Salvation Army street outreach worker Lindsay Windsor gives Mark Pember a new pair of winter boots in front of the Booth Centre yesterday. The recent, extreme cold has seen demand grow among the city’s homeless for essential cold weather clothing.


City shelters are facing a cold-weather conundrum.

They want homeless people to come in out of the cold, but it is increasingly taxing their resources once they do.

When the overnight temperature plunged to -24C this week, the Shepherds of Good Hope had only floor mats to offer homeless people seeking a warm place to sleep.

“We’re overfilled, beyond capacity, with (people) coming in at night to sleep on mats.” said Angela Campbell, Senior Development Officer.

The cold snap has put space at a premium at drop-in centres and homeless shelters across Ottawa. The Ottawa Mission’s beds were full, said Simon Brazier, manager of client services.

The crunch is not only taxing The Mission’s space, it is also swallowing its stock of cold weather supplies, he said.

“Winter came so early this year, a lot of the supplies that would normally last the whole winter have been used in the first month already,” said Brazier.

Blankets, socks, boots and jackets are only available in limited sizes now. The Mission receives most of those items through donations, or purchases them using donated funds.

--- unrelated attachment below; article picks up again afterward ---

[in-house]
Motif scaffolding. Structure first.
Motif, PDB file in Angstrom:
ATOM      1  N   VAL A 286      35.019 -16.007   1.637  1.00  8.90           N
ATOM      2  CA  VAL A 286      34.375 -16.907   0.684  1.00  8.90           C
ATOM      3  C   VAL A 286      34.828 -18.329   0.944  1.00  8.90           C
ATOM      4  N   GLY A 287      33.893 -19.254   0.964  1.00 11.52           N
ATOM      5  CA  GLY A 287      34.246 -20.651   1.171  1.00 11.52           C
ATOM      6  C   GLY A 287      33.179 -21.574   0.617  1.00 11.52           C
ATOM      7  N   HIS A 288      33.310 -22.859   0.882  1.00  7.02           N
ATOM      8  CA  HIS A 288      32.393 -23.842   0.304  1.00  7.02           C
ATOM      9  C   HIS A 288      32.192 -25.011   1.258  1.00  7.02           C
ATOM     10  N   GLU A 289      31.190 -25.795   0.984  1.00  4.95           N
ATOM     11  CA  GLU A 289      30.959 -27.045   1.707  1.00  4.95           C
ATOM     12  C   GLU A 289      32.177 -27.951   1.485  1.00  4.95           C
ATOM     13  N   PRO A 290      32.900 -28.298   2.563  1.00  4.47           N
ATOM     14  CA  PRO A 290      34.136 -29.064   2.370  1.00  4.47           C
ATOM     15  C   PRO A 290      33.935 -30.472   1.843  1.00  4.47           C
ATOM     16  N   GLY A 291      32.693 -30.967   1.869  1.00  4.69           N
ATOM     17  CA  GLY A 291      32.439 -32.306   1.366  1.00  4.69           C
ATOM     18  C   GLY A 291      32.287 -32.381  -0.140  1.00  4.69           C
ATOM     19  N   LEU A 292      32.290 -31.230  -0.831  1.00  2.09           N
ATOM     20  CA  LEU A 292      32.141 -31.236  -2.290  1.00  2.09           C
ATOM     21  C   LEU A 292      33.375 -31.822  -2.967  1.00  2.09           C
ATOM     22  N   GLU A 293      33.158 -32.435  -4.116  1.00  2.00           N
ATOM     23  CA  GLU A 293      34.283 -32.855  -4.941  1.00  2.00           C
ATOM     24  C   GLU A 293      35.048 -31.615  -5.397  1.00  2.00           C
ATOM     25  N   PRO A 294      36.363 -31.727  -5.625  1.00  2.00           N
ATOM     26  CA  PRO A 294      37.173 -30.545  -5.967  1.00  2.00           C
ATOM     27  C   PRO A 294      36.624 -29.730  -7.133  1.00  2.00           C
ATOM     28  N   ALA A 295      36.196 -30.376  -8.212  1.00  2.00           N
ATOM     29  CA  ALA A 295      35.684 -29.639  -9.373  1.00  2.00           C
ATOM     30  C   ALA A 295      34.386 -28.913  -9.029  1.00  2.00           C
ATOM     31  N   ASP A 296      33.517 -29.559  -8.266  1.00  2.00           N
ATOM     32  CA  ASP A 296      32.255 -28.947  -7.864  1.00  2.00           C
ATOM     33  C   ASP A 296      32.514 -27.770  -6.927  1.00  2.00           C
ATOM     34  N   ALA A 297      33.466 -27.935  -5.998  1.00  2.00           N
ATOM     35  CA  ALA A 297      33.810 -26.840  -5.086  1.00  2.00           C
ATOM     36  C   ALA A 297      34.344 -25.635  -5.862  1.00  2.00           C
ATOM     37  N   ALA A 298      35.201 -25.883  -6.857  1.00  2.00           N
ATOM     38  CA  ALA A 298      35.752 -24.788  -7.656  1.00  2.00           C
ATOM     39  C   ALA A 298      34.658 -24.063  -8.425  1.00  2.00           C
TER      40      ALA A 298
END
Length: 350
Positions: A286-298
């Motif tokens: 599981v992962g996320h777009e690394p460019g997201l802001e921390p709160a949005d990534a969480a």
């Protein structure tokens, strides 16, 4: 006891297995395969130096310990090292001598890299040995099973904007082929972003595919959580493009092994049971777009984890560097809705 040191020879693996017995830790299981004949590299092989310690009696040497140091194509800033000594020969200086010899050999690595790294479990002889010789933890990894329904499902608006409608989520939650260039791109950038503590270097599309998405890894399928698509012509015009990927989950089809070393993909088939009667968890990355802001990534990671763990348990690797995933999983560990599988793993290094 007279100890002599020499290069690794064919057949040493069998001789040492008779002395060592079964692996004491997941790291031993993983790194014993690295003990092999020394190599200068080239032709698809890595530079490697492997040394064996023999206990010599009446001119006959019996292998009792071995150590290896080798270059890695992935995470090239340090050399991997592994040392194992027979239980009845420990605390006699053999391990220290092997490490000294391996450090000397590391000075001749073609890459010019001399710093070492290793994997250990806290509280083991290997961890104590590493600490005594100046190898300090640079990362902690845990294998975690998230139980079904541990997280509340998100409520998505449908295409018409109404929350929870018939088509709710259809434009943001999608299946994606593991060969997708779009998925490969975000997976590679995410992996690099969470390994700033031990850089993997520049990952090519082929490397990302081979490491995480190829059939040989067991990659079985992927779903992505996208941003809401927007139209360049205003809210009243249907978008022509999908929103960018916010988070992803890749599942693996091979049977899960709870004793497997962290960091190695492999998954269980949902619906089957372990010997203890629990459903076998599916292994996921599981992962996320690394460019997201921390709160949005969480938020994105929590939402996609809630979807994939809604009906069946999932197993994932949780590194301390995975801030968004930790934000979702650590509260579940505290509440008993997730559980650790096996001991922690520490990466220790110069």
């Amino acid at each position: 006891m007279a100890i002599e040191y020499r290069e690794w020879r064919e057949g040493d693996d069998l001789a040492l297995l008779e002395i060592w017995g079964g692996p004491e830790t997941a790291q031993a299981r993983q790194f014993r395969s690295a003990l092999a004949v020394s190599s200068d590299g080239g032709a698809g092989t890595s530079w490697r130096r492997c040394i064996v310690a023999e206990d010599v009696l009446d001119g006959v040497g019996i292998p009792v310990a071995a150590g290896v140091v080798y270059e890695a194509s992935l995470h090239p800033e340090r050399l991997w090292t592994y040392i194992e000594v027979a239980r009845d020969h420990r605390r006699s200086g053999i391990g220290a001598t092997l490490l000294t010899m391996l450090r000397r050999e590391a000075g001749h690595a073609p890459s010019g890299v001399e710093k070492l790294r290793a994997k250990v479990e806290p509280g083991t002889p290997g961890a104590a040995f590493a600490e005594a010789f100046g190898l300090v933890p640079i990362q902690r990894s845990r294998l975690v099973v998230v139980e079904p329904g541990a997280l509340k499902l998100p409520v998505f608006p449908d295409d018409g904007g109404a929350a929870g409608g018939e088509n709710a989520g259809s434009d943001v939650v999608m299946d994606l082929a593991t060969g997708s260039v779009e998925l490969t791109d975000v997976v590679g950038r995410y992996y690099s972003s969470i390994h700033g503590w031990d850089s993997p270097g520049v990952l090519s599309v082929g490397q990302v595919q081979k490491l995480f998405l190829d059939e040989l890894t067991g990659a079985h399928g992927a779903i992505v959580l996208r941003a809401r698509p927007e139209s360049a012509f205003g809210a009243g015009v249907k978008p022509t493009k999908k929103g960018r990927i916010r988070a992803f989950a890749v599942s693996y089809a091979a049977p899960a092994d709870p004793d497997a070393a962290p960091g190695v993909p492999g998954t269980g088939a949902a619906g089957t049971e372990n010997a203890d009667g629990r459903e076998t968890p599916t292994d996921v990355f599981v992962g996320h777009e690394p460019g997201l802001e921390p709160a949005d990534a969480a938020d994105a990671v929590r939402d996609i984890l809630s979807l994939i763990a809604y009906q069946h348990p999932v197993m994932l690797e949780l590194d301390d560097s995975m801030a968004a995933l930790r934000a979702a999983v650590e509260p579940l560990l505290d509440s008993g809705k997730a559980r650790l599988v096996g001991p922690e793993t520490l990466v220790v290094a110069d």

Centre 507, a Bank Street drop-in, was crowded yesterday as people sought refuge from the weather.

“Since it’s colder and they don’t want to be out wandering around a lot, everybody seems to be staying longer,” said support worker Daniel Lalonde.

The centre has issued more mittens, scarves, blankets and sleeping bags than usual.

“There’s never enough, but especially now when they need those items to keep warm,” he said.

The Salvation Army has been accommodating more people at its drop-in centre and shelter, as well.

“In the Booth Centre itself, we have 168 beds, but we also have a chapel and we could have mats on the floor,” said Michael Maidment, of the Salvation Army.

In severe cold like yesterday, the Salvation Army Street Outreach van operates 24 hours a day, trying first to get people into the shelters, or leaving them cold weather clothing if they won’t.

“We’ll check up on them during the night to make sure they’re okay,” said outreach worker Leigh Reid, who was distributing clothing to homeless people yesterday.

No beds

  • More than 20 people slept on the floor of the chapel on Wednesday night at the Ottawa Mission.

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